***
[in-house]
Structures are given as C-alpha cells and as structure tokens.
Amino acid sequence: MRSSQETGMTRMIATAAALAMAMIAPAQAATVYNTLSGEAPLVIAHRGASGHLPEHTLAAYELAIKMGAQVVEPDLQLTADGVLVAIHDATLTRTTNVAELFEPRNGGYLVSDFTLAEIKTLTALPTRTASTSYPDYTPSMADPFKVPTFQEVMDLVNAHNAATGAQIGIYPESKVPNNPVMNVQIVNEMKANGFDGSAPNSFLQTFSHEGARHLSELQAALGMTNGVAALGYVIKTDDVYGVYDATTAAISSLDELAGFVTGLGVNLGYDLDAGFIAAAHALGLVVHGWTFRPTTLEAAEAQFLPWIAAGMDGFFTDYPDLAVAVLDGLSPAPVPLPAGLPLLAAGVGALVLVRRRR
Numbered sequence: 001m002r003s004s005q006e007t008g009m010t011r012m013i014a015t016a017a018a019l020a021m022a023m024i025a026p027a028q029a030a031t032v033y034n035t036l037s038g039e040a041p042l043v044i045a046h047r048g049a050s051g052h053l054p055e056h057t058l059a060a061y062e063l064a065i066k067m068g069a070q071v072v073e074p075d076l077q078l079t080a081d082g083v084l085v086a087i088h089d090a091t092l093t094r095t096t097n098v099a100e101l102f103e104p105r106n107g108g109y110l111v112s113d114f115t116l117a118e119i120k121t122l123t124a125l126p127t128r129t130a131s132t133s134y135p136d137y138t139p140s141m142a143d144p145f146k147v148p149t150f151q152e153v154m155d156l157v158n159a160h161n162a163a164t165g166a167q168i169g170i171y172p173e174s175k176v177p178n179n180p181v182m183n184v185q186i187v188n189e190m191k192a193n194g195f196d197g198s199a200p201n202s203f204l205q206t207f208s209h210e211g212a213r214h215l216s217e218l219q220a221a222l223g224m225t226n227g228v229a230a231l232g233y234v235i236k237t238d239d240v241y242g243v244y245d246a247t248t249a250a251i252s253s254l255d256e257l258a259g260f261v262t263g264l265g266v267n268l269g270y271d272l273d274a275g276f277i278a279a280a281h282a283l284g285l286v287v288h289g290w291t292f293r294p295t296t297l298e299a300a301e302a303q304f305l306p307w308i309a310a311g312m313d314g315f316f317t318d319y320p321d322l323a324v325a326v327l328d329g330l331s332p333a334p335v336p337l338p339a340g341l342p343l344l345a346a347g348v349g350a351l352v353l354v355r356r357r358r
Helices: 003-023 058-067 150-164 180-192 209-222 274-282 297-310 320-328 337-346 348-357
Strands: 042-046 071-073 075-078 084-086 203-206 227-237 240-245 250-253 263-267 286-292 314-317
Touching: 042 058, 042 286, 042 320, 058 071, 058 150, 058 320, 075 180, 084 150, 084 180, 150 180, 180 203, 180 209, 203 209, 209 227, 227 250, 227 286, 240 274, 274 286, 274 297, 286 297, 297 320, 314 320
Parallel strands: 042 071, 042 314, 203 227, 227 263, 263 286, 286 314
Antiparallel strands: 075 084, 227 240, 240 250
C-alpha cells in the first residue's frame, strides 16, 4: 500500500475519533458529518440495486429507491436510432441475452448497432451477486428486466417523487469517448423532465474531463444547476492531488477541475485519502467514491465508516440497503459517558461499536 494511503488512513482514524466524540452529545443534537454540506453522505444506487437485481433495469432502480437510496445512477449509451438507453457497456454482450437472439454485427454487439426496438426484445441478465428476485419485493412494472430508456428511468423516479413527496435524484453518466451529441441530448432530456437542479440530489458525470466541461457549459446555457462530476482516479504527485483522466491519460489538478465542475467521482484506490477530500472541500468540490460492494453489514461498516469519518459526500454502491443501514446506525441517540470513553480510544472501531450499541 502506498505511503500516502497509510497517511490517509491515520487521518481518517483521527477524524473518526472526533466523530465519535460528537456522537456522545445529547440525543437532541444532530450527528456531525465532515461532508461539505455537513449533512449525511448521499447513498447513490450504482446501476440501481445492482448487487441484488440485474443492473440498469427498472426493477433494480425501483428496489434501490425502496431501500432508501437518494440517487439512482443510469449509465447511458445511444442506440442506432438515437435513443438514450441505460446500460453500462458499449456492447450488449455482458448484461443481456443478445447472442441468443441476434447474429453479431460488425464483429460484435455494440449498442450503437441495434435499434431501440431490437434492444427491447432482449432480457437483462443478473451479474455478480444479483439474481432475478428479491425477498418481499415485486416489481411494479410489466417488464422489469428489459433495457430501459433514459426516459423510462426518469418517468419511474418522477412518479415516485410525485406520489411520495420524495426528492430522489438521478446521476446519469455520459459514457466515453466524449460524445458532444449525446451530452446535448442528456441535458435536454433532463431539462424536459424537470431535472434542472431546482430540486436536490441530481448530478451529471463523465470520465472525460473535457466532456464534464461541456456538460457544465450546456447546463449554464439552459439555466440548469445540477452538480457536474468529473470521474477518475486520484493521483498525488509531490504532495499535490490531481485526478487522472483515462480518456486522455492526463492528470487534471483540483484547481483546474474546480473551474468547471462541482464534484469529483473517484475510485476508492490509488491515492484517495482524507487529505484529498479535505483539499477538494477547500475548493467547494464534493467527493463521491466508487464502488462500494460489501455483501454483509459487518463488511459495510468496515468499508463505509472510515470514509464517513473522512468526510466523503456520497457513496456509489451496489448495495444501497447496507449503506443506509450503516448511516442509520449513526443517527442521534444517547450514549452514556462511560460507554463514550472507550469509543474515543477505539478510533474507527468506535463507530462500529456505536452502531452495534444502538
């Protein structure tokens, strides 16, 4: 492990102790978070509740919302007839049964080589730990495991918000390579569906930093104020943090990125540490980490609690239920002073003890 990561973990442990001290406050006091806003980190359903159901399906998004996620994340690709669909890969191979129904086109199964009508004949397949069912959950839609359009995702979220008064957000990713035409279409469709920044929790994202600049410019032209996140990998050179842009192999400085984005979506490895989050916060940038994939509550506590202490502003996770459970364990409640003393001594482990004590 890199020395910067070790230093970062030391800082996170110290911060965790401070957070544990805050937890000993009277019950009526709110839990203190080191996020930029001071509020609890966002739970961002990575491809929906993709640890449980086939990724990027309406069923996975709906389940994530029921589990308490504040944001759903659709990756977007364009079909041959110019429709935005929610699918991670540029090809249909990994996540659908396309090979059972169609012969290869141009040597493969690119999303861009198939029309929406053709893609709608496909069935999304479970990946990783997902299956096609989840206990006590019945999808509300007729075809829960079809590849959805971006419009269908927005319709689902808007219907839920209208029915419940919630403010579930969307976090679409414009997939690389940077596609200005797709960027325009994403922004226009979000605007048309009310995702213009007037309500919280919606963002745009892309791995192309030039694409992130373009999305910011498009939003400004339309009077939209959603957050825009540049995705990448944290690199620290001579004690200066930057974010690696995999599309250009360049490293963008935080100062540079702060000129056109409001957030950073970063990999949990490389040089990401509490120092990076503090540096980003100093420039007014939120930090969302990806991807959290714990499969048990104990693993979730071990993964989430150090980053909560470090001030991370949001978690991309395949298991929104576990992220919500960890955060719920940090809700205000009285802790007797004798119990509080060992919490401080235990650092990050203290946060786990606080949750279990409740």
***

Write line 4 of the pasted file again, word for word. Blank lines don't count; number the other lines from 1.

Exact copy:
Numbered sequence: 001m002r003s004s005q006e007t008g009m010t011r012m013i014a015t016a017a018a019l020a021m022a023m024i025a026p027a028q029a030a031t032v033y034n035t036l037s038g039e040a041p042l043v044i045a046h047r048g049a050s051g052h053l054p055e056h057t058l059a060a061y062e063l064a065i066k067m068g069a070q071v072v073e074p075d076l077q078l079t080a081d082g083v084l085v086a087i088h089d090a091t092l093t094r095t096t097n098v099a100e101l102f103e104p105r106n107g108g109y110l111v112s113d114f115t116l117a118e119i120k121t122l123t124a125l126p127t128r129t130a131s132t133s134y135p136d137y138t139p140s141m142a143d144p145f146k147v148p149t150f151q152e153v154m155d156l157v158n159a160h161n162a163a164t165g166a167q168i169g170i171y172p173e174s175k176v177p178n179n180p181v182m183n184v185q186i187v188n189e190m191k192a193n194g195f196d197g198s199a200p201n202s203f204l205q206t207f208s209h210e211g212a213r214h215l216s217e218l219q220a221a222l223g224m225t226n227g228v229a230a231l232g233y234v235i236k237t238d239d240v241y242g243v244y245d246a247t248t249a250a251i252s253s254l255d256e257l258a259g260f261v262t263g264l265g266v267n268l269g270y271d272l273d274a275g276f277i278a279a280a281h282a283l284g285l286v287v288h289g290w291t292f293r294p295t296t297l298e299a300a301e302a303q304f305l306p307w308i309a310a311g312m313d314g315f316f317t318d319y320p321d322l323a324v325a326v327l328d329g330l331s332p333a334p335v336p337l338p339a340g341l342p343l344l345a346a347g348v349g350a351l352v353l354v355r356r357r358r